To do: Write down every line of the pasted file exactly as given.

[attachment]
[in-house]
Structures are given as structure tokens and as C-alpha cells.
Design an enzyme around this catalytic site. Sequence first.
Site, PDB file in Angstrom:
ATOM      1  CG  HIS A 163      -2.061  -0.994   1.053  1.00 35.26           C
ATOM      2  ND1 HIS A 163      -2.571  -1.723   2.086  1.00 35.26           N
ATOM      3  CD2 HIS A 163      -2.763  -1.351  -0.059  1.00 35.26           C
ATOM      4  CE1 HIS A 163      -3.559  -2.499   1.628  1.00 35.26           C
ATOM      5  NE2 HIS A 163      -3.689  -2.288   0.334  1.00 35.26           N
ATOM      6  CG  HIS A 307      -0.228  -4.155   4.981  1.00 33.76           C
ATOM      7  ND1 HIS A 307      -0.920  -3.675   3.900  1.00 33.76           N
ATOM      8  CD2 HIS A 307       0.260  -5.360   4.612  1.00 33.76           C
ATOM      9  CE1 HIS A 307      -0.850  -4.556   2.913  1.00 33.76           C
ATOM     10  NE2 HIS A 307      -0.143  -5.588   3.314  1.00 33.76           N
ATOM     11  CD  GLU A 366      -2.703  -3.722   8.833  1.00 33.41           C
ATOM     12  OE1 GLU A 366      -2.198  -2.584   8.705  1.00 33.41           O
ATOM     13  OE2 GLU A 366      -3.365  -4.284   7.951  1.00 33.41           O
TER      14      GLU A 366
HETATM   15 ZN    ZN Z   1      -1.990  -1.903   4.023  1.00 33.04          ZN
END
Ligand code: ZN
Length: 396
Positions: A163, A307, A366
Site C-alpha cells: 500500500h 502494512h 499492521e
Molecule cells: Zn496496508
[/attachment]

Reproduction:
[in-house]
Structures are given as structure tokens and as C-alpha cells.
Design an enzyme around this catalytic site. Sequence first.
Site, PDB file in Angstrom:
ATOM      1  CG  HIS A 163      -2.061  -0.994   1.053  1.00 35.26           C
ATOM      2  ND1 HIS A 163      -2.571  -1.723   2.086  1.00 35.26           N
ATOM      3  CD2 HIS A 163      -2.763  -1.351  -0.059  1.00 35.26           C
ATOM      4  CE1 HIS A 163      -3.559  -2.499   1.628  1.00 35.26           C
ATOM      5  NE2 HIS A 163      -3.689  -2.288   0.334  1.00 35.26           N
ATOM      6  CG  HIS A 307      -0.228  -4.155   4.981  1.00 33.76           C
ATOM      7  ND1 HIS A 307      -0.920  -3.675   3.900  1.00 33.76           N
ATOM      8  CD2 HIS A 307       0.260  -5.360   4.612  1.00 33.76           C
ATOM      9  CE1 HIS A 307      -0.850  -4.556   2.913  1.00 33.76           C
ATOM     10  NE2 HIS A 307      -0.143  -5.588   3.314  1.00 33.76           N
ATOM     11  CD  GLU A 366      -2.703  -3.722   8.833  1.00 33.41           C
ATOM     12  OE1 GLU A 366      -2.198  -2.584   8.705  1.00 33.41           O
ATOM     13  OE2 GLU A 366      -3.365  -4.284   7.951  1.00 33.41           O
TER      14      GLU A 366
HETATM   15 ZN    ZN Z   1      -1.990  -1.903   4.023  1.00 33.04          ZN
END
Ligand code: ZN
Length: 396
Positions: A163, A307, A366
Site C-alpha cells: 500500500h 502494512h 499492521e
Molecule cells: Zn496496508